Islamabad: Pakistan Foreign Minister Bilawal Bhutto Zardari has claimed that the International Monetary Fund (IMF) is "not being fair" to Pakistan, as the country is facing serious crises.

In an interview with the Associated Press on Friday, Bilawal Bhutto said that Pakistan was facing an economic crisis, the consequences of last year's catastrophic flooding and terrorism which was "once again rearing its ugly head", Daily Pakistan reported.

The foreign minister criticised the IMF for delaying the loan program. He said the PPP supported expanding revenue collection and believed those who were well off should pay more. He said that Pakistan had been unable to achieve structural tax reform.

The IMF is "not being fair" to Pakistan, which is also dealing with 1,00,000 new refugees following the West's withdrawal from Afghanistan.

He further said that the IMF was stretching out talks at a time when the country needed money to help the "poorest of the poor".

He further said that Pakistan had a "very healthy economic relationship" with China that was "also in the spotlight as a result of geopolitical events".

Cash-strapped Pakistan is in a race against time to implement measures to reach an agreement with the IMF, Daily Pakistan reported.

The agreement with the IMF on the completion of the ninth review of a USD 7 billion loan programme, which has been delayed since late last year, would not only lead to a disbursement of USD 1.2 bn but also unlock inflows from friendly countries.

The prerequisites by the lender are aimed at ensuring Pakistan shrinks its fiscal deficit ahead of its annual budget around June.

As a last step, the international lender has required Pakistan to guarantee that its balance of payments deficit is fully financed for the remaining period of an IMF programme.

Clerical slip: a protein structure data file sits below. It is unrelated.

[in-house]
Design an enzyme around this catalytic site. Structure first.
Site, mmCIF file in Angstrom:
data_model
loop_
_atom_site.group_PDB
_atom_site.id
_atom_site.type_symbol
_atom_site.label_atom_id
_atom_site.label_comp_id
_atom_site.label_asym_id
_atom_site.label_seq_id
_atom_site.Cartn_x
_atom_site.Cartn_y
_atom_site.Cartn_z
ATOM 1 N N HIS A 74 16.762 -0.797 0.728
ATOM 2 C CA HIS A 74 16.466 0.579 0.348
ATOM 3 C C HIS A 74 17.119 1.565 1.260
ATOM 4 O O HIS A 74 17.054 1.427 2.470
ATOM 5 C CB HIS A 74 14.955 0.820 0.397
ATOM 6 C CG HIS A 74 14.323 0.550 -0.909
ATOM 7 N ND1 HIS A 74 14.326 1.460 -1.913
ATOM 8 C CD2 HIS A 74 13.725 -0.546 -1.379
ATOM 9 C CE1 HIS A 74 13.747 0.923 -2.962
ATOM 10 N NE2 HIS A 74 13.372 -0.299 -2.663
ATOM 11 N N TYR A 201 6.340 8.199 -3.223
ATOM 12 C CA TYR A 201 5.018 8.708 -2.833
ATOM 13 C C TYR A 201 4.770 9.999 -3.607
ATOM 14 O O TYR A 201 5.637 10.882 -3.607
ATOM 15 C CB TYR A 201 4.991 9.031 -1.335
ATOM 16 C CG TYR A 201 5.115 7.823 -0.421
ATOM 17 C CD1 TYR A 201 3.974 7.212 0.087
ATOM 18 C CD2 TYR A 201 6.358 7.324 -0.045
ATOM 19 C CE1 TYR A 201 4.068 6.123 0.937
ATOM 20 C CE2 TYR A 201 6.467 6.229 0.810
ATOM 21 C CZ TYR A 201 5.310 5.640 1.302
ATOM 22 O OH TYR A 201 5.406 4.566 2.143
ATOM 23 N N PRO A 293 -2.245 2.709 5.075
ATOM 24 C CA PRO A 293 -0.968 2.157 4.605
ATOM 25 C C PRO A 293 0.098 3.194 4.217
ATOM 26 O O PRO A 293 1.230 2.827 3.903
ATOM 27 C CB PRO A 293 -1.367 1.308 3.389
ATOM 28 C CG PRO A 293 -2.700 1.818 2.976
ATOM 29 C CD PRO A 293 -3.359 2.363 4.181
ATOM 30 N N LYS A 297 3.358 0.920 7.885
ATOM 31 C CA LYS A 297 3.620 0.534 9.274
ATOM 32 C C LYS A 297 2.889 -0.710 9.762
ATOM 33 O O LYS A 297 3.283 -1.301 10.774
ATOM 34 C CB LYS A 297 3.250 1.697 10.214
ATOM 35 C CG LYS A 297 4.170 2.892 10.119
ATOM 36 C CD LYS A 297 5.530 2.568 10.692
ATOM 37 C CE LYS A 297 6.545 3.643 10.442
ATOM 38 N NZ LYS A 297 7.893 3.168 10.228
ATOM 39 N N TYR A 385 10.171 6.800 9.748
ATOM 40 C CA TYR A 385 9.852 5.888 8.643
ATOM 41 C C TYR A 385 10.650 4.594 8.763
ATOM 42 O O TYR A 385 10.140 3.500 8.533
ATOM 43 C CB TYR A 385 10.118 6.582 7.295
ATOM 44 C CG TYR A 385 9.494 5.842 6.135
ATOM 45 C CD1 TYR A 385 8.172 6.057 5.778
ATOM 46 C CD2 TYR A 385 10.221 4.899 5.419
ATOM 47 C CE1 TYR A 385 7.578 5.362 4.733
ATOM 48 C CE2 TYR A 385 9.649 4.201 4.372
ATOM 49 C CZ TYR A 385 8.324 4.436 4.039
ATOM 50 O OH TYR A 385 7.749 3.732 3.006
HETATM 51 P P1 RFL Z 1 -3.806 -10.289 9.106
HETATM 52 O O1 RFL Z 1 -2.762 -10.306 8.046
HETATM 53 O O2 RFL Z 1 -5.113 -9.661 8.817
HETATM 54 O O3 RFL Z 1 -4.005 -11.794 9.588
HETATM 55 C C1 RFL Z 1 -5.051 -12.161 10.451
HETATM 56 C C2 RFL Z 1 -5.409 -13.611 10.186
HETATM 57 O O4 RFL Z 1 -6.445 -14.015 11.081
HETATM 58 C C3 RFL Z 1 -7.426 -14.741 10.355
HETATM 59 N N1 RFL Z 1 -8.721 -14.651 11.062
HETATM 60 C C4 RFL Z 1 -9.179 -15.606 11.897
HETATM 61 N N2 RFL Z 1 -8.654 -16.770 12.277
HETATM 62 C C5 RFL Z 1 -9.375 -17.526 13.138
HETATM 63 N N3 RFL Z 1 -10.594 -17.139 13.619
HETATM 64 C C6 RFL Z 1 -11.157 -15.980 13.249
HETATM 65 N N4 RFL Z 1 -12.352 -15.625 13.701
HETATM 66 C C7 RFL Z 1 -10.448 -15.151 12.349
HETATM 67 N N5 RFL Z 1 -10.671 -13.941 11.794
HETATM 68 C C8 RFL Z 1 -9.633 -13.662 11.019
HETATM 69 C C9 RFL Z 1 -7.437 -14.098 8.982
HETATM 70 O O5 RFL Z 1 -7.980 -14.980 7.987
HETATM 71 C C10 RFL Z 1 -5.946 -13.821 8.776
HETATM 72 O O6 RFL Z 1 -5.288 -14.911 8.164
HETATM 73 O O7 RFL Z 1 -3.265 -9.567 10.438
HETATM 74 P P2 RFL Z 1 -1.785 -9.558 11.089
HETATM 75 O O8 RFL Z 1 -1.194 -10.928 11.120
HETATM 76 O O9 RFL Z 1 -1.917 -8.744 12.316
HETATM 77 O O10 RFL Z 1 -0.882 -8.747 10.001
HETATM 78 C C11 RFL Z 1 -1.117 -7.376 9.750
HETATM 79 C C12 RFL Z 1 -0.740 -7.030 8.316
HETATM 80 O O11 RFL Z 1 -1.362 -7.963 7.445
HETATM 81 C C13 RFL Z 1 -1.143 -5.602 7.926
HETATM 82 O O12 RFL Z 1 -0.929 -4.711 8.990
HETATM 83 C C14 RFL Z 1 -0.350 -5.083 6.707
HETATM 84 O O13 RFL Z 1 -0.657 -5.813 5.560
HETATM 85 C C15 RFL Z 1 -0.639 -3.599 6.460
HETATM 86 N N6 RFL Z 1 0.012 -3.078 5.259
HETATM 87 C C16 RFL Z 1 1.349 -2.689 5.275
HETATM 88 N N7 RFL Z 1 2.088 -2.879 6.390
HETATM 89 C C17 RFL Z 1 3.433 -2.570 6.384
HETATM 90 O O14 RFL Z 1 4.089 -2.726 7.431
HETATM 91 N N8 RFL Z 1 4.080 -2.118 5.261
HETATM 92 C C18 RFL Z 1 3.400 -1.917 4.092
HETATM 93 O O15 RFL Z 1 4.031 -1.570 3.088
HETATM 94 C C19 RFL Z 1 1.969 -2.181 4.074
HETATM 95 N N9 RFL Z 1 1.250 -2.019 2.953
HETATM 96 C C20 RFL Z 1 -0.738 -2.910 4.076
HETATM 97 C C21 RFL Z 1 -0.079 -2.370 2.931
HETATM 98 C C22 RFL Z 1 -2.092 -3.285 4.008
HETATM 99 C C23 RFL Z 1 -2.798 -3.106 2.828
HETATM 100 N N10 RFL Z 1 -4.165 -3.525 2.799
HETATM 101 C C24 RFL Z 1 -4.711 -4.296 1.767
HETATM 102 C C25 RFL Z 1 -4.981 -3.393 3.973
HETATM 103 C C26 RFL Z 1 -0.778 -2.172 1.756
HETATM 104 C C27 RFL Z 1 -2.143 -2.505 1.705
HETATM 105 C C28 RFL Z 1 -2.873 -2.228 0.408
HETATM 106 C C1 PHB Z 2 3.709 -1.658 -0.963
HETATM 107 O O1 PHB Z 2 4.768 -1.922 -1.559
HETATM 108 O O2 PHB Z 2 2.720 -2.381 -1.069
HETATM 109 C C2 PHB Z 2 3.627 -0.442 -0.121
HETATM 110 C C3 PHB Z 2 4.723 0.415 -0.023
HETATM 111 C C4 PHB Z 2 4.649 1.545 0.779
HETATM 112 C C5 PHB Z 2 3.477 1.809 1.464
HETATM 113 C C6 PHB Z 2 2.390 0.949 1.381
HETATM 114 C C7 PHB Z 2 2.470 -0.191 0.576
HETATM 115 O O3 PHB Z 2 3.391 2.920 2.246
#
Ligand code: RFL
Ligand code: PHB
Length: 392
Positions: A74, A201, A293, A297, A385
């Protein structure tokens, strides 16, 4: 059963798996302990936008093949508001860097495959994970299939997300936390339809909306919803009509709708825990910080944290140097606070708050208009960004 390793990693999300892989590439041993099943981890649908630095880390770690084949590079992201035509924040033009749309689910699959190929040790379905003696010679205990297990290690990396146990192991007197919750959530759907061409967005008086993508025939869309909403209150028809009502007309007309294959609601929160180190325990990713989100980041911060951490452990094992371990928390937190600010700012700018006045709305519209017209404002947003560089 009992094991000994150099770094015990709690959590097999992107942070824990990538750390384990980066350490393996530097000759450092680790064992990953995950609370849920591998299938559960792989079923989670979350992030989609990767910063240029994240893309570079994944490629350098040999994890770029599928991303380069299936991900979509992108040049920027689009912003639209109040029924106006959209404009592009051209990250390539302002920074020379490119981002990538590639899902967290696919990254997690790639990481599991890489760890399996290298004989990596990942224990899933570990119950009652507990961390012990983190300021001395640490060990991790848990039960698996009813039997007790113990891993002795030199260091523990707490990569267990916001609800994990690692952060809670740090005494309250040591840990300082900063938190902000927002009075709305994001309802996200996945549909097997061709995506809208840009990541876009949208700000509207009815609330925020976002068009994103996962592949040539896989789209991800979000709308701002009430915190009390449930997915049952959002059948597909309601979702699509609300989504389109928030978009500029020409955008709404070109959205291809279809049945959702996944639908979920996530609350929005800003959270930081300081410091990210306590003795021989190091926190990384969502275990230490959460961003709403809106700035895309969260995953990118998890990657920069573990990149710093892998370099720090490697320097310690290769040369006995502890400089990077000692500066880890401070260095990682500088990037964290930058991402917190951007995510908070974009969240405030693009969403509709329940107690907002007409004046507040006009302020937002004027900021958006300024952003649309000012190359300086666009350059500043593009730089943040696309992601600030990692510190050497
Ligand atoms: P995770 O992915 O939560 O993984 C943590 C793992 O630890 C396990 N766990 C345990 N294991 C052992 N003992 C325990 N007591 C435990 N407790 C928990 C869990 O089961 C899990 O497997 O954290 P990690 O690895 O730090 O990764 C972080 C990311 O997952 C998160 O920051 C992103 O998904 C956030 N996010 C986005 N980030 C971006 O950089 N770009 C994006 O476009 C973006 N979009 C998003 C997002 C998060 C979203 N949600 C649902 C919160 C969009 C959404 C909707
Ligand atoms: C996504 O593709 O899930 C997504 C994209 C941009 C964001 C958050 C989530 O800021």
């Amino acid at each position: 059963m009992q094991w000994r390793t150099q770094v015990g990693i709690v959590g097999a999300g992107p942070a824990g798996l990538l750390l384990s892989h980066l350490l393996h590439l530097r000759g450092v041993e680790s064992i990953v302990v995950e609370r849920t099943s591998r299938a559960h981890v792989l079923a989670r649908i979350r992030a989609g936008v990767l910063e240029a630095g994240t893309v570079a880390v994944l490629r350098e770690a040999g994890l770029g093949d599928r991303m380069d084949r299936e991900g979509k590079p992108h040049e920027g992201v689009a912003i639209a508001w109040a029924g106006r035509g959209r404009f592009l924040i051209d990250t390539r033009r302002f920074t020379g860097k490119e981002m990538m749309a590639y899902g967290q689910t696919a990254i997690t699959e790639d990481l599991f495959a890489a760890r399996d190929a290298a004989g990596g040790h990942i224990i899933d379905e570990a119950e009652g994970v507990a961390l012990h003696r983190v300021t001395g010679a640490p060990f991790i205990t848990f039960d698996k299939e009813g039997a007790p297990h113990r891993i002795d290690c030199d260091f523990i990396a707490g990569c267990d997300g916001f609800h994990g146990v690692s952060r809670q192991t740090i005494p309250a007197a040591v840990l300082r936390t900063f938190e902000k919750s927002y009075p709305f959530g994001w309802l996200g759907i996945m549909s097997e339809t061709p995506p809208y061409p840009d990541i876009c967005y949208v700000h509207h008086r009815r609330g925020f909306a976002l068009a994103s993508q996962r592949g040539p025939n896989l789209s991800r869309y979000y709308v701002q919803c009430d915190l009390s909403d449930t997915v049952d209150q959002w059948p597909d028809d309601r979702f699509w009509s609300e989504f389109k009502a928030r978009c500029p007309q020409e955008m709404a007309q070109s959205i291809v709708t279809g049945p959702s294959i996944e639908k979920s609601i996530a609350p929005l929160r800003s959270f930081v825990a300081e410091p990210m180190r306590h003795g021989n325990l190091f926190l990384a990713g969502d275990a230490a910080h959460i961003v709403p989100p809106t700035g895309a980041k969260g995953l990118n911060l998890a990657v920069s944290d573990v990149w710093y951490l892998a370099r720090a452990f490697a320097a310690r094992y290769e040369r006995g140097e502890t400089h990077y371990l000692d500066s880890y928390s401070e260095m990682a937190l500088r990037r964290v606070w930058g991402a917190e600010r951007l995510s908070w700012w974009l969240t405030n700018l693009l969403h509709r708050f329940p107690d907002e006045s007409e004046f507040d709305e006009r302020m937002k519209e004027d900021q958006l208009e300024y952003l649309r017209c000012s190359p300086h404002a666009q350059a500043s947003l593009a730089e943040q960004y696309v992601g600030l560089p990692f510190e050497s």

Amidst political uncertainty saturating and economic plight worsening further, the most critical question for Pakistan is now whether it could make the bailout package of International Monetary fund (IMF) or not.

Notwithstanding the fact that the crisis-hit country has completed a major part of IMF conditionality, glitches still remain with regard to external financing requirement.

And this is important for the release of USD 1.1 billion of a USD 6.5 billion IMF bailout agreement as time is running out. The bailout ends at the close of this fiscal year which concludes June 30, 2023.

Contrary to it, the fact is that "all IMF programme reviews require firm and credible assurance that there is sufficient financing to ensure that the borrowing member's balance of payments is fully financed over the remainder of the programme", IMF's Resident Representative Esher Perez told Reuters.

The next tranche of the IMF bailout package would depend on Pakistan's quick measures to arrange for full financing of its balance of payments deficit for the fiscal year 2022-23.

IMF has been negotiating with Islamabad since early last month to clear its ninth review, but Pakistan is finding the IMF conditionality not only difficult to meet but also politically unpopular.

Despite this, Islamabad has embraced the bitter pill of IMF conditionality because it has come on the verge of default and economic collapse.

Pakistan is undertaking several measures including increase in GST and excise duties, reduction in subsidies, adjustment in energy prices and artificial curbs on the exchange rate to meet IMF conditionality for releasing the bailout package. But these measures are causing lots of inconvenience to ordinary people in the country.

First, Islamabad unveiled a supplementary budget on February 15 which approved a new tax on electricity users, including farmers to raise an additional PKR 170 billion in revenue to meet IMF conditionality.

It also approved the discontinuation of power tariff subsidies to zero-rated industries as well as the Kissan package with effect from March 1 to fulfill other prior action conditions by the IMF.

Secondly it hiked petrol and high-speed diesel prices which put economic burden on the people who are already reeling under ever spiralling inflation.